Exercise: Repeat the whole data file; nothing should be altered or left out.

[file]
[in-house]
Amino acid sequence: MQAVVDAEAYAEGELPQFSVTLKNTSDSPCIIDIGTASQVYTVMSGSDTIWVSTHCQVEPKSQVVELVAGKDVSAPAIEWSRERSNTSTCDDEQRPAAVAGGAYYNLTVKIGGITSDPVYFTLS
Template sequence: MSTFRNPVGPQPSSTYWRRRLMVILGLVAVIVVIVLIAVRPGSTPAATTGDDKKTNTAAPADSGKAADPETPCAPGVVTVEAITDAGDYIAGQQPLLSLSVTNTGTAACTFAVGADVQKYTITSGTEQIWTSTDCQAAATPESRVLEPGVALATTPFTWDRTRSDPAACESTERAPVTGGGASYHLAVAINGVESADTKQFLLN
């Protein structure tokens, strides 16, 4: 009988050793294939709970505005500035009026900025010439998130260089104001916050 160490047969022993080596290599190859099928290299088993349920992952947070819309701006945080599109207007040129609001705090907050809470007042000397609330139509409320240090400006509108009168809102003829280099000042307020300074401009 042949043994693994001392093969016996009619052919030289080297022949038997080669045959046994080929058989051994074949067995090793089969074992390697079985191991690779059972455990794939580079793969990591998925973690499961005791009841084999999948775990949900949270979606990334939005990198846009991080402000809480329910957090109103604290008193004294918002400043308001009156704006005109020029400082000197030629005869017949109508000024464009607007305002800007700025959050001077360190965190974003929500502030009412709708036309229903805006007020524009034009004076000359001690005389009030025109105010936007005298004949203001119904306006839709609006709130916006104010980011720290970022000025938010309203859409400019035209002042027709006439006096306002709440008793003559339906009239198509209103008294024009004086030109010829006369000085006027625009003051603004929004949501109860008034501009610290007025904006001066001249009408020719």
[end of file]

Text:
[in-house]
Amino acid sequence: MQAVVDAEAYAEGELPQFSVTLKNTSDSPCIIDIGTASQVYTVMSGSDTIWVSTHCQVEPKSQVVELVAGKDVSAPAIEWSRERSNTSTCDDEQRPAAVAGGAYYNLTVKIGGITSDPVYFTLS
Template sequence: MSTFRNPVGPQPSSTYWRRRLMVILGLVAVIVVIVLIAVRPGSTPAATTGDDKKTNTAAPADSGKAADPETPCAPGVVTVEAITDAGDYIAGQQPLLSLSVTNTGTAACTFAVGADVQKYTITSGTEQIWTSTDCQAAATPESRVLEPGVALATTPFTWDRTRSDPAACESTERAPVTGGGASYHLAVAINGVESADTKQFLLN
């Protein structure tokens, strides 16, 4: 009988050793294939709970505005500035009026900025010439998130260089104001916050 160490047969022993080596290599190859099928290299088993349920992952947070819309701006945080599109207007040129609001705090907050809470007042000397609330139509409320240090400006509108009168809102003829280099000042307020300074401009 042949043994693994001392093969016996009619052919030289080297022949038997080669045959046994080929058989051994074949067995090793089969074992390697079985191991690779059972455990794939580079793969990591998925973690499961005791009841084999999948775990949900949270979606990334939005990198846009991080402000809480329910957090109103604290008193004294918002400043308001009156704006005109020029400082000197030629005869017949109508000024464009607007305002800007700025959050001077360190965190974003929500502030009412709708036309229903805006007020524009034009004076000359001690005389009030025109105010936007005298004949203001119904306006839709609006709130916006104010980011720290970022000025938010309203859409400019035209002042027709006439006096306002709440008793003559339906009239198509209103008294024009004086030109010829006369000085006027625009003051603004929004949501109860008034501009610290007025904006001066001249009408020719």